state's fiscal condition.
Deciding Which Local Governments Should Benefit Is Complex
Ideally, all property taxes in California would be allocated among
local governments in a manner that best facilitates local governments'
ability to meet the needs and preferences of their residents. In considering ways to provide more property taxes to cities, counties and special districts, therefore, the Legislature is faced with the task of determining how to allocate property taxes among the many overlapping
local jurisdictions serving California residents. The Legislature has
three options for addressing this issue.
Allocate the Relief Proportionally. The Legislature could allocate any
property tax shift relief in proportion to the amount of a local government's property tax shift. Such an allocation is perceived as "fair" by
many because it provides relief in a manner that is commensurate with
the impact of the property tax shift. On the other hand, this methodology reaffirms the property tax sharing formulas in existence before the
property tax shift. As we discuss in a separate write-up in this part of
the Perspectives and Issues, those tax sharing formulas have not been
updated for nearly two decades and may not reflect the priorities or
needs of the present day. Some California residents may prefer, for
example, to have more property taxes allocated to their city or library
special district, than a simple proportional reversal of the property tax
shift would provide.
Allocate Relief Based on Other State Formula. Alternatively, the
Legislature could allocate property tax shift relief to local governments
based on some state perception of local need. For example, the Legislature could provide baseline reductions to the property tax shift obligations of fiscally distressed communities, or to cities and counties that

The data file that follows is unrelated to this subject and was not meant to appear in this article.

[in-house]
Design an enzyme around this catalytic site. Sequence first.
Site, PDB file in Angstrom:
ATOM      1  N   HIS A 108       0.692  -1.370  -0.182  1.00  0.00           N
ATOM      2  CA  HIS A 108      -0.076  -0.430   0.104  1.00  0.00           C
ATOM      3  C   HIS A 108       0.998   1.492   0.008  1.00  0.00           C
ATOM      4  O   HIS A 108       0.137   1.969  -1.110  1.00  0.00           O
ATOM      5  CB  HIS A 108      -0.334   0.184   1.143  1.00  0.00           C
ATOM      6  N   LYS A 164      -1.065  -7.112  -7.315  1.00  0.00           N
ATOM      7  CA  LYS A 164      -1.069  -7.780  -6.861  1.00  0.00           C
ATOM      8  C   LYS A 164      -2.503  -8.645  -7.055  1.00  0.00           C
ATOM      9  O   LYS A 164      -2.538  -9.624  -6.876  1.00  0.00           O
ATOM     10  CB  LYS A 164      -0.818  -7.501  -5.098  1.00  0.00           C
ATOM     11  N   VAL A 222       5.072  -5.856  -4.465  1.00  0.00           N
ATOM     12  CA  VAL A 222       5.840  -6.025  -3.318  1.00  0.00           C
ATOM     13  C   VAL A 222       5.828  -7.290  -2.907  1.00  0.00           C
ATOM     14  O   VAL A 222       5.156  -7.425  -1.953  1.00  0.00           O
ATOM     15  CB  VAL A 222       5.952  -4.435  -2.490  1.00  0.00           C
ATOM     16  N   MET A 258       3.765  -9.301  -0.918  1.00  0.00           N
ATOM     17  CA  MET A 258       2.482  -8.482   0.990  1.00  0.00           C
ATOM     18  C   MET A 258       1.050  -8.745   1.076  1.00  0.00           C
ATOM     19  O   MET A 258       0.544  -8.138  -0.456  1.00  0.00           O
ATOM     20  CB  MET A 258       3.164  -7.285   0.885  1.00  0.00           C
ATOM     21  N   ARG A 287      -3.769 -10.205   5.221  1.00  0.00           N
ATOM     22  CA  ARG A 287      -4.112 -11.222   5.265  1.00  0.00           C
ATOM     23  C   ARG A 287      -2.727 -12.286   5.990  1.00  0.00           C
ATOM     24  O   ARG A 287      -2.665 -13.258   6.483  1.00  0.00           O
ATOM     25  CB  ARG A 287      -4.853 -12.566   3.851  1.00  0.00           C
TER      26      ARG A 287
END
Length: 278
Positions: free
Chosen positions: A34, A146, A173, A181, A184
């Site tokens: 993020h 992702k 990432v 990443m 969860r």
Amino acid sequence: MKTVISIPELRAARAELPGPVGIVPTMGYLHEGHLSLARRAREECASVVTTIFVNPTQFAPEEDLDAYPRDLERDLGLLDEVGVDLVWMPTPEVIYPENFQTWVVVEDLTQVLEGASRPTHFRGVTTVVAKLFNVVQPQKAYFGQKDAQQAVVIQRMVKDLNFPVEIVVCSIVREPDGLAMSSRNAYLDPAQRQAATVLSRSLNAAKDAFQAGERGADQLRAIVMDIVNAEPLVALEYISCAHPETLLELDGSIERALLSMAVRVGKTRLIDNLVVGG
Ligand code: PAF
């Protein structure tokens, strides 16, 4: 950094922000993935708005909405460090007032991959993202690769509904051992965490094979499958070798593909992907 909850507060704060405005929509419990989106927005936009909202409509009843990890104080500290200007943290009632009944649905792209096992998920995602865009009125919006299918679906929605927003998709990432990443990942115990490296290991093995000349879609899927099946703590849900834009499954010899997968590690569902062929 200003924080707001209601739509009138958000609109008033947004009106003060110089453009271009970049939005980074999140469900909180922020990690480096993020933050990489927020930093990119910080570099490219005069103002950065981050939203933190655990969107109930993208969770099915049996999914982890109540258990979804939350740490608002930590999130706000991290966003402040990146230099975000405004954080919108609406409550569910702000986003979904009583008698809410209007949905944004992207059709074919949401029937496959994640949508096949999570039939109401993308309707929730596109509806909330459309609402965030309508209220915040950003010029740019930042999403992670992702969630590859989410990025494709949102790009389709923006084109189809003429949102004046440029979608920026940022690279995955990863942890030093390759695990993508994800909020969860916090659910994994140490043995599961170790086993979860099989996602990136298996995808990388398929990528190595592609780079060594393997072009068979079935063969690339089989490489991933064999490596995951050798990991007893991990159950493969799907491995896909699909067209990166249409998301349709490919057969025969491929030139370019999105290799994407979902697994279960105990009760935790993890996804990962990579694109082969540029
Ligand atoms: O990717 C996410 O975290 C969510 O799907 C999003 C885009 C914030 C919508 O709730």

receive particularly low shares of property taxes collected in their
community. From a practical standpoint, however, these alternative
methodologies are likely to be controversial and imperfect. The state
has no workable definition of local fiscal distress and low property tax
shares may be appropriate for some communities (such as those that
rely extensively on special districts to provide services).
Let Communities Determine Allocation. A third approach would be to
allow local residents to choose how to allocate the additional property
taxes among the many local governments serving their community.
While such an approach has not been undertaken before, the California
Constitution Revision Commission included such an option in its
recommendations. Specifically, the Legislature could state that local
residents have the authority to direct the allocation of a certain amount
or share of property taxes. The proportion of property taxes to be allocated to any specific local government would be determined by local
residents in a county-wide, or sub county-wide election. Local residents
could alter this property tax allocation methodology in the future with
a subsequent vote. The primary advantage of this approach is that it would represent
the first time in nearly two decades that local residents had a voice in
the allocation of property taxes among local governments. On the other
hand, this approach would be complicated in large urban counties and
is probably only practical if a significant amount of the property tax is
to be placed before the voters.
Local Control of the Property Tax Makes Sense
Our review indicates that local governments can best respond to
local needs and priorities when they have a reasonable degree of fiscal
autonomy. In addition, local residents would have a better ability to
obtain the public services they want if they had some authority to
reallocate property taxes among local governments. For these reasons,
we think that ultimately some mechanism for allowing local control of
the property tax should be developed.
Proposals to reduce the property tax shift pose very difficult choices
for the Legislature. Specifically, there is not likely to be "room" in the
state budget to provide significant local fiscal relief, unless the Legislature
reduces state program expenditures below the levels called for under
current law or increases taxation. Accordingly, the Legislature must
weigh the relative need for revenues and services by state government,
local government, and the private sector.
If the Legislature decides to take action to reverse part of the property
tax shift, the Legislature would need to determine how to allocate this
relief among the several thousand units of local government. Clearly, the
simplest way to provide relief is on a proportional basis. We note, however, that such a proportional allocation may not be consistent with local
residents' current needs or priorities.